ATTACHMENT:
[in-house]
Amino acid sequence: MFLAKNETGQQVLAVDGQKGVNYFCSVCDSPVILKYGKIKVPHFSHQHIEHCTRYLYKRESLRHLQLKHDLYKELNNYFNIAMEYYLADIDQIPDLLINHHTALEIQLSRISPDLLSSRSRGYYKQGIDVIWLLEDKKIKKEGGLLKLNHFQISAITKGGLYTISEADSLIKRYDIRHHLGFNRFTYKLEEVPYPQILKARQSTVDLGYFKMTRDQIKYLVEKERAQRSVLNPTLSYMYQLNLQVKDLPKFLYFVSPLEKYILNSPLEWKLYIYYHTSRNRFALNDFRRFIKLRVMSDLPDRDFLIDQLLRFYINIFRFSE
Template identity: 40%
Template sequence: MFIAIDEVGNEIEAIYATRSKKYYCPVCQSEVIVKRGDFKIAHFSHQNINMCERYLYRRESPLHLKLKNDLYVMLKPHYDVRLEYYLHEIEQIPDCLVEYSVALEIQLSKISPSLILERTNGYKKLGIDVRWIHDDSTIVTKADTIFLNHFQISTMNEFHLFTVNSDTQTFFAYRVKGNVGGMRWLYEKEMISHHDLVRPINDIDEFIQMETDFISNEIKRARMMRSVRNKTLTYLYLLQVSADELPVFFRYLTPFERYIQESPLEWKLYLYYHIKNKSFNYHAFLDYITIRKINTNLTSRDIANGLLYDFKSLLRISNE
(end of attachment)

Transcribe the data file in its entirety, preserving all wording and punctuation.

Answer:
[in-house]
Amino acid sequence: MFLAKNETGQQVLAVDGQKGVNYFCSVCDSPVILKYGKIKVPHFSHQHIEHCTRYLYKRESLRHLQLKHDLYKELNNYFNIAMEYYLADIDQIPDLLINHHTALEIQLSRISPDLLSSRSRGYYKQGIDVIWLLEDKKIKKEGGLLKLNHFQISAITKGGLYTISEADSLIKRYDIRHHLGFNRFTYKLEEVPYPQILKARQSTVDLGYFKMTRDQIKYLVEKERAQRSVLNPTLSYMYQLNLQVKDLPKFLYFVSPLEKYILNSPLEWKLYIYYHTSRNRFALNDFRRFIKLRVMSDLPDRDFLIDQLLRFYINIFRFSE
Template identity: 40%
Template sequence: MFIAIDEVGNEIEAIYATRSKKYYCPVCQSEVIVKRGDFKIAHFSHQNINMCERYLYRRESPLHLKLKNDLYVMLKPHYDVRLEYYLHEIEQIPDCLVEYSVALEIQLSKISPSLILERTNGYKKLGIDVRWIHDDSTIVTKADTIFLNHFQISTMNEFHLFTVNSDTQTFFAYRVKGNVGGMRWLYEKEMISHHDLVRPINDIDEFIQMETDFISNEIKRARMMRSVRNKTLTYLYLLQVSADELPVFFRYLTPFERYIQESPLEWKLYLYYHIKNKSFNYHAFLDYITIRKINTNLTSRDIANGLLYDFKSLLRISNE